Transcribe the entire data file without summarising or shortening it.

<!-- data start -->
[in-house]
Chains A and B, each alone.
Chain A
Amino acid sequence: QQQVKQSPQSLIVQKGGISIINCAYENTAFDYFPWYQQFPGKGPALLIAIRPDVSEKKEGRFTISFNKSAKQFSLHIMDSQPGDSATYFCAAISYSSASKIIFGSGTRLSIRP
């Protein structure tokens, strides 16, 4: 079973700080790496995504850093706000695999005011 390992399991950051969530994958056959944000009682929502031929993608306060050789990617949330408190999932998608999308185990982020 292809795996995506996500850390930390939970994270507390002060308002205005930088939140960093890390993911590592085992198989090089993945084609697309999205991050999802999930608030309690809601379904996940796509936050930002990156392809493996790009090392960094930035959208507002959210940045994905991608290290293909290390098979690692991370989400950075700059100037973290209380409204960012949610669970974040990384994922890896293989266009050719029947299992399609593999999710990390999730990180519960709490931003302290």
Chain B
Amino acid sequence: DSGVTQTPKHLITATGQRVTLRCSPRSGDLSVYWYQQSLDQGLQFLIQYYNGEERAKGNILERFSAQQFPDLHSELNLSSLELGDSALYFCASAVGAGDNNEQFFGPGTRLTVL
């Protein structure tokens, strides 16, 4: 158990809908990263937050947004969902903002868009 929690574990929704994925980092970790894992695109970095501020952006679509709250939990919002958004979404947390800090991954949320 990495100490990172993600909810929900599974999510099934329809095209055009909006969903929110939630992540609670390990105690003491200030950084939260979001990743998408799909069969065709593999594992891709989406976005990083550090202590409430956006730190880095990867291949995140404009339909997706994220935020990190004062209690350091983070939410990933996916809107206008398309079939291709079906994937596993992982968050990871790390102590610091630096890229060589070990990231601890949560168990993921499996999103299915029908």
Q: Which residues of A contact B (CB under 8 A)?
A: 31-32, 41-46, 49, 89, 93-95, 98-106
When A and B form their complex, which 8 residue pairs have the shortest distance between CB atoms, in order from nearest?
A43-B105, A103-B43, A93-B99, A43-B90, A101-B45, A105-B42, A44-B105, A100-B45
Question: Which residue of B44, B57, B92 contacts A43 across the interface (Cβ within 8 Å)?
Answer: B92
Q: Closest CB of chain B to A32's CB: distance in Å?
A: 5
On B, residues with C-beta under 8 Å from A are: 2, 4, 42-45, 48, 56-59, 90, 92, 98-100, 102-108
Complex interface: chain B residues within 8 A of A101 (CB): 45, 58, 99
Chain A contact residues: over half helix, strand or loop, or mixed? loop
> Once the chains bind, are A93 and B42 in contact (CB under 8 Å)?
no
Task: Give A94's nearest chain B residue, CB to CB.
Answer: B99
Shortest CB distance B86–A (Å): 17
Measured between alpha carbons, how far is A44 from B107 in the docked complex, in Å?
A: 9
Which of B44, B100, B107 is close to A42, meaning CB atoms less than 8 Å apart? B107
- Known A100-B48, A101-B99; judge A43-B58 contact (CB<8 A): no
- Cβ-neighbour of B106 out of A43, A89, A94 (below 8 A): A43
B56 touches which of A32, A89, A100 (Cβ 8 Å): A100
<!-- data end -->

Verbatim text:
[in-house]
Chains A and B, each alone.
Chain A
Amino acid sequence: QQQVKQSPQSLIVQKGGISIINCAYENTAFDYFPWYQQFPGKGPALLIAIRPDVSEKKEGRFTISFNKSAKQFSLHIMDSQPGDSATYFCAAISYSSASKIIFGSGTRLSIRP
């Protein structure tokens, strides 16, 4: 079973700080790496995504850093706000695999005011 390992399991950051969530994958056959944000009682929502031929993608306060050789990617949330408190999932998608999308185990982020 292809795996995506996500850390930390939970994270507390002060308002205005930088939140960093890390993911590592085992198989090089993945084609697309999205991050999802999930608030309690809601379904996940796509936050930002990156392809493996790009090392960094930035959208507002959210940045994905991608290290293909290390098979690692991370989400950075700059100037973290209380409204960012949610669970974040990384994922890896293989266009050719029947299992399609593999999710990390999730990180519960709490931003302290």
Chain B
Amino acid sequence: DSGVTQTPKHLITATGQRVTLRCSPRSGDLSVYWYQQSLDQGLQFLIQYYNGEERAKGNILERFSAQQFPDLHSELNLSSLELGDSALYFCASAVGAGDNNEQFFGPGTRLTVL
């Protein structure tokens, strides 16, 4: 158990809908990263937050947004969902903002868009 929690574990929704994925980092970790894992695109970095501020952006679509709250939990919002958004979404947390800090991954949320 990495100490990172993600909810929900599974999510099934329809095209055009909006969903929110939630992540609670390990105690003491200030950084939260979001990743998408799909069969065709593999594992891709989406976005990083550090202590409430956006730190880095990867291949995140404009339909997706994220935020990190004062209690350091983070939410990933996916809107206008398309079939291709079906994937596993992982968050990871790390102590610091630096890229060589070990990231601890949560168990993921499996999103299915029908």
Q: Which residues of A contact B (CB under 8 A)?
A: 31-32, 41-46, 49, 89, 93-95, 98-106
When A and B form their complex, which 8 residue pairs have the shortest distance between CB atoms, in order from nearest?
A43-B105, A103-B43, A93-B99, A43-B90, A101-B45, A105-B42, A44-B105, A100-B45
Question: Which residue of B44, B57, B92 contacts A43 across the interface (Cβ within 8 Å)?
Answer: B92
Q: Closest CB of chain B to A32's CB: distance in Å?
A: 5
On B, residues with C-beta under 8 Å from A are: 2, 4, 42-45, 48, 56-59, 90, 92, 98-100, 102-108
Complex interface: chain B residues within 8 A of A101 (CB): 45, 58, 99
Chain A contact residues: over half helix, strand or loop, or mixed? loop
> Once the chains bind, are A93 and B42 in contact (CB under 8 Å)?
no
Task: Give A94's nearest chain B residue, CB to CB.
Answer: B99
Shortest CB distance B86–A (Å): 17
Measured between alpha carbons, how far is A44 from B107 in the docked complex, in Å?
A: 9
Which of B44, B100, B107 is close to A42, meaning CB atoms less than 8 Å apart? B107
- Known A100-B48, A101-B99; judge A43-B58 contact (CB<8 A): no
- Cβ-neighbour of B106 out of A43, A89, A94 (below 8 A): A43
B56 touches which of A32, A89, A100 (Cβ 8 Å): A100